More Scientific illustrations

Published in 1882 by Yale Professor A.E. Verrill, this is the first scientific illustration of a giant squid. More about the giant squid can be found in the Giant Squid section .
The giant squid is among the largest invertebrates on Earth, but this deep sea creature has rarely been observed by humans -- alive. Over the centuries, many dead giant squid have washed up on the...
Vertebrates evolved in the sea and eventually moved onto land. The ancestors of whales later returned to the sea, taking advantage of its rich food supplies. As early whales adapted to their new...
This slideshow features illustrations of some of the plants and animals that William Dampier, a naturalist and pirate, observed in Australia (then known as New Holland) and New Guinea. Learn more...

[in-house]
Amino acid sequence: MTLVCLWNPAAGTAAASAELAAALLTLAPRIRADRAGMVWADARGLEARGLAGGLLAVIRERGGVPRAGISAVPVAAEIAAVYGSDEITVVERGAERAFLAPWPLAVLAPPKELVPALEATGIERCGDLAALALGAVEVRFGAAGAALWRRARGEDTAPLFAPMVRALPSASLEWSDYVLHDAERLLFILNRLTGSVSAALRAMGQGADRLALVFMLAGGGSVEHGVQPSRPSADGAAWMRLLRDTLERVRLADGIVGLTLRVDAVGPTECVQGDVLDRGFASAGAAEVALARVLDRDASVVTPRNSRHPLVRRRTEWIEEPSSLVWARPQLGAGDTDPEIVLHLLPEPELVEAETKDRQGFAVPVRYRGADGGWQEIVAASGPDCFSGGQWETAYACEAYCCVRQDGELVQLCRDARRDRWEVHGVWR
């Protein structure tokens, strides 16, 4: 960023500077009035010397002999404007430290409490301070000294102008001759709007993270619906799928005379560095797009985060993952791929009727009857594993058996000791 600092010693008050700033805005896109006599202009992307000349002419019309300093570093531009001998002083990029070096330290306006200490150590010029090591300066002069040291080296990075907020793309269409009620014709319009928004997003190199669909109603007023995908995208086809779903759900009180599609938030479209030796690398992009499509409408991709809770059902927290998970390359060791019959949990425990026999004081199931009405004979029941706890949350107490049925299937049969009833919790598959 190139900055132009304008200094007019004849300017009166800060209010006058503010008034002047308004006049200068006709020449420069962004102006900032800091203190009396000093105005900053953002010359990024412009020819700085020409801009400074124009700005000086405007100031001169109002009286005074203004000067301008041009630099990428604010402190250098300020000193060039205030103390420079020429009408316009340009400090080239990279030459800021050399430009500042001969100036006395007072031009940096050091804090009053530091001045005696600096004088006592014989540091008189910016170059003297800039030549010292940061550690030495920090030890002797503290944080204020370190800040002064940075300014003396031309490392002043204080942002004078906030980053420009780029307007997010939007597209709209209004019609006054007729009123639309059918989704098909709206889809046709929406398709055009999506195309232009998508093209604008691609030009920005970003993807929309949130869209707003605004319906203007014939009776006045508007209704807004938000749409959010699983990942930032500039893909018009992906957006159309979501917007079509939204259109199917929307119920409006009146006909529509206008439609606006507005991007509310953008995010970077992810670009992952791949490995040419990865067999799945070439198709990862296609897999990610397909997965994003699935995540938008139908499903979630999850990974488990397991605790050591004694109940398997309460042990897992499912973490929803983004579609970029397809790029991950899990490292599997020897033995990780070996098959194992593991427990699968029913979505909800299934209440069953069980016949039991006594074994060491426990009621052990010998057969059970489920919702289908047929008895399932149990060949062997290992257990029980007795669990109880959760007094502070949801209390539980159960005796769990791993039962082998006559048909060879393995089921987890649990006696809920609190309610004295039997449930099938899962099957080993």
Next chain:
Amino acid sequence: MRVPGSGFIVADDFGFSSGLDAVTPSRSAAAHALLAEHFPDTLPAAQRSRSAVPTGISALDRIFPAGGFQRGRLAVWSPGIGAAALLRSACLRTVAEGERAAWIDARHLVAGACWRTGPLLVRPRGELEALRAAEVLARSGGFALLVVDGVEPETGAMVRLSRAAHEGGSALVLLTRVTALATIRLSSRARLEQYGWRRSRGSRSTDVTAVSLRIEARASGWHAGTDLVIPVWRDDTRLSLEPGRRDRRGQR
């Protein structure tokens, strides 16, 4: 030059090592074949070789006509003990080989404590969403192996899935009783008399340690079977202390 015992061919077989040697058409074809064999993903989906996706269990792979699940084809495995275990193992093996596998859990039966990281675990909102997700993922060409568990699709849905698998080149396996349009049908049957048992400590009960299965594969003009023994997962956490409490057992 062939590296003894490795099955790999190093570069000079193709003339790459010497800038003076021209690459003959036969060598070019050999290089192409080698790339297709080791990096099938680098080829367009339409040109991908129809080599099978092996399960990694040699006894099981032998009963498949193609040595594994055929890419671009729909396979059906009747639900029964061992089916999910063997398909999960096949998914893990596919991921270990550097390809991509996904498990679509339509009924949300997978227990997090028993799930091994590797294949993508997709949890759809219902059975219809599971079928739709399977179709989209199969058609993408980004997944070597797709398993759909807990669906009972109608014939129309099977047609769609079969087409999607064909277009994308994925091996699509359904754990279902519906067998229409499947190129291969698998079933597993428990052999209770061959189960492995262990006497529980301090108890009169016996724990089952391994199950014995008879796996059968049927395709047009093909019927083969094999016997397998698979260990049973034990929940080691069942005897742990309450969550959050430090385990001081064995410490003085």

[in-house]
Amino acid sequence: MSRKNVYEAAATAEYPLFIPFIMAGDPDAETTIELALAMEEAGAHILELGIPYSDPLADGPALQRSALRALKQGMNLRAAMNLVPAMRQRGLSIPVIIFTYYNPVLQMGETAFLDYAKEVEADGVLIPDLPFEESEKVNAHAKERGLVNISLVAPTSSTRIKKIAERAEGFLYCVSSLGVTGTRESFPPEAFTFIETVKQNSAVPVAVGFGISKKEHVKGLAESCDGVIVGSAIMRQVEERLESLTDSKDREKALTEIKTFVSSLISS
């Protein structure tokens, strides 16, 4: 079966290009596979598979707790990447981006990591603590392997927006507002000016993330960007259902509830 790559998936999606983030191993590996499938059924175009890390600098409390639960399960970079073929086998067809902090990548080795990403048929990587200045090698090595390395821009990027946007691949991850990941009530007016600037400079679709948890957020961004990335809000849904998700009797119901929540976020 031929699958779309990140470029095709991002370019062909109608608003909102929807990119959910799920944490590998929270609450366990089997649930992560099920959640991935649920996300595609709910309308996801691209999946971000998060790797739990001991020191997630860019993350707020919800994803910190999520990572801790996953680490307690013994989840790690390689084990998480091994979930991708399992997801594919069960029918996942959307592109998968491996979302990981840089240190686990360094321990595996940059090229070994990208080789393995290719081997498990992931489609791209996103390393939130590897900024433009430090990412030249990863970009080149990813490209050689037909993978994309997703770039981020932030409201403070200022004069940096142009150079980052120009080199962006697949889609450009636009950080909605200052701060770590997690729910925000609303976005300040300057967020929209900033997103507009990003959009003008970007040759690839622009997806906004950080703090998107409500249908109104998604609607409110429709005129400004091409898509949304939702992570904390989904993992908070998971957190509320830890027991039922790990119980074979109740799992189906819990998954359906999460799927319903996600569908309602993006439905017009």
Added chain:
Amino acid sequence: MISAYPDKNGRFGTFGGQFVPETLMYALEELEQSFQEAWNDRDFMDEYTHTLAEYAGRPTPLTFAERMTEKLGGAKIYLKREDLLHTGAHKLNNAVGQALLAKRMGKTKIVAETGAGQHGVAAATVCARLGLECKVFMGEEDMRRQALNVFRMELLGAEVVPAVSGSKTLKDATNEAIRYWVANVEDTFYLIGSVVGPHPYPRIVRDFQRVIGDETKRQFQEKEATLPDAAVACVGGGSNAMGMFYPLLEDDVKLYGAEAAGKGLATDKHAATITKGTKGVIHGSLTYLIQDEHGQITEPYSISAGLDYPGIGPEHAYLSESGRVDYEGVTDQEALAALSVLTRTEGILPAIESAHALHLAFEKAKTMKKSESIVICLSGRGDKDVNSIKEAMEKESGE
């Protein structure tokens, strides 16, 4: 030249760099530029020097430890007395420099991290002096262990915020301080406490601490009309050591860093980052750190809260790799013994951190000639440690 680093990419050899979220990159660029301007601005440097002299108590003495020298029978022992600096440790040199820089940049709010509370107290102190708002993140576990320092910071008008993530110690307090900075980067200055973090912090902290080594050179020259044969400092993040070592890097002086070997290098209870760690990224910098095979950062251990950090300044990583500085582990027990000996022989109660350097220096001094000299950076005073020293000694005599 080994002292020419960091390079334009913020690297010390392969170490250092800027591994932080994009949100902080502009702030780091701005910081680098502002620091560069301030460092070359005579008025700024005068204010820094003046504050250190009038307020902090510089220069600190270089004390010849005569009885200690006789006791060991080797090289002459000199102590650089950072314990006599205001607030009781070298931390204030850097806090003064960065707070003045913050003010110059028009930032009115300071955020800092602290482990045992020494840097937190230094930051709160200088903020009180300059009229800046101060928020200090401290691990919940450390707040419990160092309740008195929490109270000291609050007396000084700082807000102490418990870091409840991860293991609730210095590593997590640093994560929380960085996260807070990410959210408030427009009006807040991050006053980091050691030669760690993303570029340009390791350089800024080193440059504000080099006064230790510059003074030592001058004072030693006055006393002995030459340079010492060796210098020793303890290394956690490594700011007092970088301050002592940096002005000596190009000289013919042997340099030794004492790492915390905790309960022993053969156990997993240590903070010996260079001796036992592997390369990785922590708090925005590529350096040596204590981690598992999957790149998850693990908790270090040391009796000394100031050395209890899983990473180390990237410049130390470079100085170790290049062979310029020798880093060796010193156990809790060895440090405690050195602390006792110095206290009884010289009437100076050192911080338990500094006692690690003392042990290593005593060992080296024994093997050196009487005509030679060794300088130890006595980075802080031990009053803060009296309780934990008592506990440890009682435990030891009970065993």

Squids come in a wide range of sizes, from smaller-than-your-thumb to the enormous giant squid. Giant squid grow up to 16 meters (50 feet). Learn more the life, range, and ecology of the giant squid...
These watercolor sketches of Trapezia crabs were drawn by Frederick Bayer, a former Smithsonian coral biologist, in 1947. Trapezia crabs live on and within corals, feeding on their tissue and mucus,...
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